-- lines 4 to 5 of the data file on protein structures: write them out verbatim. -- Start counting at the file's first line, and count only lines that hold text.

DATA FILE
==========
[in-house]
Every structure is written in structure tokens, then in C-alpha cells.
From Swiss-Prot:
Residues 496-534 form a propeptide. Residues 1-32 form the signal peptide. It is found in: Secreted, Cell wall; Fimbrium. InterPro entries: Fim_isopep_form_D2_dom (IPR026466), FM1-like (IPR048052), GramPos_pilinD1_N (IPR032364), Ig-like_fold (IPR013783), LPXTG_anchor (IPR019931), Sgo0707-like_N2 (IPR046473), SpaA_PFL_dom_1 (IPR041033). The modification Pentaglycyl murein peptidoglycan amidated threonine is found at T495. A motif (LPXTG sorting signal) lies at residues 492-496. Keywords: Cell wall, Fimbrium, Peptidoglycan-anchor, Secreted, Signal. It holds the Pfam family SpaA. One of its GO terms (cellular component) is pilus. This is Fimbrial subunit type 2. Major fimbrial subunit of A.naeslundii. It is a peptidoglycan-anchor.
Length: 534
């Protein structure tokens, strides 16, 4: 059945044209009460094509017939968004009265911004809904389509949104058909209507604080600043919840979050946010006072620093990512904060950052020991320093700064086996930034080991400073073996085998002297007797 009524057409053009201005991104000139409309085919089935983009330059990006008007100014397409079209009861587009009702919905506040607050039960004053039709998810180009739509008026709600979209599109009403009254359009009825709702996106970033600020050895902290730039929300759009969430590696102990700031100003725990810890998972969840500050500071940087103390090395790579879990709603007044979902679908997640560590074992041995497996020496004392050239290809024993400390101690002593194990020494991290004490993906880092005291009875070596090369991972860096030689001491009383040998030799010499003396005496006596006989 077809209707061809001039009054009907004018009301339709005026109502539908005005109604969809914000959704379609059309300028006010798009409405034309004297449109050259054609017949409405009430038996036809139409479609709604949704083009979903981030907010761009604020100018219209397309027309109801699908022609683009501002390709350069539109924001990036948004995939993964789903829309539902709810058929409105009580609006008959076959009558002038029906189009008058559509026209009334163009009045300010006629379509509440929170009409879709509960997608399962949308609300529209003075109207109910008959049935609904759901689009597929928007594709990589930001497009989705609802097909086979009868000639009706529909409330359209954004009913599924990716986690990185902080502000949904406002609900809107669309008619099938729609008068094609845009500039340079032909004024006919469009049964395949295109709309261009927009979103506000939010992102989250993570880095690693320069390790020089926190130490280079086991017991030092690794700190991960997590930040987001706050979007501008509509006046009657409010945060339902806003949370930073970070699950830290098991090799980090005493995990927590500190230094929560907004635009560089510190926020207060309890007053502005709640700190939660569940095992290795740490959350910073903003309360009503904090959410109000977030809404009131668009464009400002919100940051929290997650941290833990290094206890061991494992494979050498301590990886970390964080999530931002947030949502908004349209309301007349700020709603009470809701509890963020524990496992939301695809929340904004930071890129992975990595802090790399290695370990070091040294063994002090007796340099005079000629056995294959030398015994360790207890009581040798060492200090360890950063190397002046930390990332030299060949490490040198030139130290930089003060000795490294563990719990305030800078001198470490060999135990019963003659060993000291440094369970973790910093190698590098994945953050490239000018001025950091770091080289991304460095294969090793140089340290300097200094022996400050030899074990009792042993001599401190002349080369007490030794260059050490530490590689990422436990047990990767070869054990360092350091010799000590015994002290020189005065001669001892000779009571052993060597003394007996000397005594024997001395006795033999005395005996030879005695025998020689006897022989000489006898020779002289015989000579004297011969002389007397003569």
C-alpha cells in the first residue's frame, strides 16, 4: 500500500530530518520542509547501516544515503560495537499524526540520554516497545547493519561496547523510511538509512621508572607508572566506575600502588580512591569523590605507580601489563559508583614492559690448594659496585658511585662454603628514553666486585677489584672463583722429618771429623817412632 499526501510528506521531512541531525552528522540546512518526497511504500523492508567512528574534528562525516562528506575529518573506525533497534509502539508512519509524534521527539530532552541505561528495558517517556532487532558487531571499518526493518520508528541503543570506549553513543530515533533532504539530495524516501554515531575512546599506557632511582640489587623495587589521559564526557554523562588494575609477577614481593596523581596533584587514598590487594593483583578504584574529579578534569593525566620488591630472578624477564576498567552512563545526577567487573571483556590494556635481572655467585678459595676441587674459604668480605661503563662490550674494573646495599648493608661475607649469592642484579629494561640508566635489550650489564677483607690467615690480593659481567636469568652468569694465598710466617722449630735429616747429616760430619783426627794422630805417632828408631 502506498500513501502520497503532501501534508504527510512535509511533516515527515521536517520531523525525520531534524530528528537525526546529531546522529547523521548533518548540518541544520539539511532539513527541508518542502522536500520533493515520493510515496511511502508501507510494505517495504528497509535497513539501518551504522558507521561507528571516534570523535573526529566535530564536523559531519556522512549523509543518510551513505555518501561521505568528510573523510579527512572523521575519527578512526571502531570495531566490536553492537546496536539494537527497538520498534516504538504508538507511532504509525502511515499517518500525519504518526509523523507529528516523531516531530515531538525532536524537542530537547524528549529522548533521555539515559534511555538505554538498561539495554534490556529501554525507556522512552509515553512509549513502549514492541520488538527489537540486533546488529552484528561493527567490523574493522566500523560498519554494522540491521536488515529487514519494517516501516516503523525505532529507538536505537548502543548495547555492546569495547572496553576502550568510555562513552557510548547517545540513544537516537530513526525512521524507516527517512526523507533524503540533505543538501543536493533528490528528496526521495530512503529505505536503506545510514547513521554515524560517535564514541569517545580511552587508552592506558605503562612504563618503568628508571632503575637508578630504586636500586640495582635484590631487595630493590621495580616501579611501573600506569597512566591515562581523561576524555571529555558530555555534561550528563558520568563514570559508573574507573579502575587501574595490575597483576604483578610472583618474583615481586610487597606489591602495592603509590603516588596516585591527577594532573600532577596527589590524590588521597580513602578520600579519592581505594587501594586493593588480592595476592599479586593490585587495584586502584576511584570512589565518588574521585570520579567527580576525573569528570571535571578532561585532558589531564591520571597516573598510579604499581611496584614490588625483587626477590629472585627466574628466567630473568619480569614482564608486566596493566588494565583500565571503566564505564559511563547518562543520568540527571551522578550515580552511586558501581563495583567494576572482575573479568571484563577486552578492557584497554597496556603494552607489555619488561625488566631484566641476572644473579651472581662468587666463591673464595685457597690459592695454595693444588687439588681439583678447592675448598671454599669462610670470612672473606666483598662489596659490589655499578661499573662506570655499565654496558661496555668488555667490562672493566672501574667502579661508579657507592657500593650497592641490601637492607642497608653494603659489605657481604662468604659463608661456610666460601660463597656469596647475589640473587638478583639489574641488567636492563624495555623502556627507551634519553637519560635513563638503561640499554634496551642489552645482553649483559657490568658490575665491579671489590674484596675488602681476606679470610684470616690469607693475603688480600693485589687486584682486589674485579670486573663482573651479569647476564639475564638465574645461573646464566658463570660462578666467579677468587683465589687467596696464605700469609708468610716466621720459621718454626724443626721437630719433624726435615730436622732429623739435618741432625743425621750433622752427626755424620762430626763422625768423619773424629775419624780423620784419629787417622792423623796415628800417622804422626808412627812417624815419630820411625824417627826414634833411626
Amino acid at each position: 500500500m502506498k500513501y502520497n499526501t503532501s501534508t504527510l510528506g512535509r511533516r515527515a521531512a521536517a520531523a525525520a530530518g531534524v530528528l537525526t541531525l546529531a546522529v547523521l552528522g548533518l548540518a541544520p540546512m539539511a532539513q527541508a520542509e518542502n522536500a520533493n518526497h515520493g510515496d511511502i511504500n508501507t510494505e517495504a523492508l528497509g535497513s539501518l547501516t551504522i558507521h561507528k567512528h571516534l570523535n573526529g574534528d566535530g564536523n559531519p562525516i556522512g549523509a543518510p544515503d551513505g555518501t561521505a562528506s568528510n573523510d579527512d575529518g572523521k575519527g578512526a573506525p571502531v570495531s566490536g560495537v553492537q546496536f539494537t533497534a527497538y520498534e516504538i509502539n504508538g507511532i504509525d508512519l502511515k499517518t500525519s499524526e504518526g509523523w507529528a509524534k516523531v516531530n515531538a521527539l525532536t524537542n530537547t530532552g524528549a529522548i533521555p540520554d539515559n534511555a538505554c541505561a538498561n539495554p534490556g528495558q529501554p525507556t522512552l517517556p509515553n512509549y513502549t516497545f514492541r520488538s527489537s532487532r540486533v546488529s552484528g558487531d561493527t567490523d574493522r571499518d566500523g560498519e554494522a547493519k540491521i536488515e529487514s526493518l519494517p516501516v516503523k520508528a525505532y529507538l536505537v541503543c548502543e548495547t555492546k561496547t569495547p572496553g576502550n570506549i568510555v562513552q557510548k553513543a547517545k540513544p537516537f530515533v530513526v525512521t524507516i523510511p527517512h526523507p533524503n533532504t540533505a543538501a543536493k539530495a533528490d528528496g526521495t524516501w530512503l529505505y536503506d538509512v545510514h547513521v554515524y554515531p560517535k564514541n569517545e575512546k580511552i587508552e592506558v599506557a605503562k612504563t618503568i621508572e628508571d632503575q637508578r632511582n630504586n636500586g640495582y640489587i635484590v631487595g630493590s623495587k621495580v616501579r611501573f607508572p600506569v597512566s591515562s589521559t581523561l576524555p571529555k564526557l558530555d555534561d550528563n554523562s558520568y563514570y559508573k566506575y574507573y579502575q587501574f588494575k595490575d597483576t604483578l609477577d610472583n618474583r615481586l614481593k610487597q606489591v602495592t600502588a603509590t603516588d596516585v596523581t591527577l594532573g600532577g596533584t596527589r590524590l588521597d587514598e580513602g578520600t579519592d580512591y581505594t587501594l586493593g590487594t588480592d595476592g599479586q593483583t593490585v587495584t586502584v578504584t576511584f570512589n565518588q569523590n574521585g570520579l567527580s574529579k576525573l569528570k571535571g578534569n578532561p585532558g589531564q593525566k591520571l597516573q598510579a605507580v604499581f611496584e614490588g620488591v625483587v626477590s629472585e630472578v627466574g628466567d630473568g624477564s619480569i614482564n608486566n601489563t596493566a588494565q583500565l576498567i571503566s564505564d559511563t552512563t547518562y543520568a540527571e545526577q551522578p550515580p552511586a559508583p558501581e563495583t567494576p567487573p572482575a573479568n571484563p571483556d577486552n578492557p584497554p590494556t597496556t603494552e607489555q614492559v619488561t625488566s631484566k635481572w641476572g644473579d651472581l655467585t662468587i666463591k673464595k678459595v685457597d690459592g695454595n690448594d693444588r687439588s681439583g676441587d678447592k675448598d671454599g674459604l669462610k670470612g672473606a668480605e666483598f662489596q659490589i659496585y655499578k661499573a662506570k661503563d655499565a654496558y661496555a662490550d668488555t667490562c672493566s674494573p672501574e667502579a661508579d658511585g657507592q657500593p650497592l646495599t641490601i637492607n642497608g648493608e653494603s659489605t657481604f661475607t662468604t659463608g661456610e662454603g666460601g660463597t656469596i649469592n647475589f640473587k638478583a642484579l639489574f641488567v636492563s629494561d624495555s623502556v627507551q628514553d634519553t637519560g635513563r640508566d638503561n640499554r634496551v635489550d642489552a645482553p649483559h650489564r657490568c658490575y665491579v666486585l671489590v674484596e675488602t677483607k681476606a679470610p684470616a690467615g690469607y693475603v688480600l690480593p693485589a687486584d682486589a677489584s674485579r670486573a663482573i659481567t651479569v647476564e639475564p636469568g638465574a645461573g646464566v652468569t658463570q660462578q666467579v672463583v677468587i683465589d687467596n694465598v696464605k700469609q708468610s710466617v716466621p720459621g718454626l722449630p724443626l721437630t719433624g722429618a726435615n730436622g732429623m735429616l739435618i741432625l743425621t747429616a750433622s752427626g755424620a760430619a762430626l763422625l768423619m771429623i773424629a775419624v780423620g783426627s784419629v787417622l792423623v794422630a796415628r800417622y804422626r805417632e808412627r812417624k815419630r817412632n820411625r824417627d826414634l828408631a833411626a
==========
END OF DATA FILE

Residues 496-534 form a propeptide. Residues 1-32 form the signal peptide. It is found in: Secreted, Cell wall; Fimbrium. InterPro entries: Fim_isopep_form_D2_dom (IPR026466), FM1-like (IPR048052), GramPos_pilinD1_N (IPR032364), Ig-like_fold (IPR013783), LPXTG_anchor (IPR019931), Sgo0707-like_N2 (IPR046473), SpaA_PFL_dom_1 (IPR041033). The modification Pentaglycyl murein peptidoglycan amidated threonine is found at T495. A motif (LPXTG sorting signal) lies at residues 492-496. Keywords: Cell wall, Fimbrium, Peptidoglycan-anchor, Secreted, Signal. It holds the Pfam family SpaA. One of its GO terms (cellular component) is pilus. This is Fimbrial subunit type 2. Major fimbrial subunit of A.naeslundii. It is a peptidoglycan-anchor.
Length: 534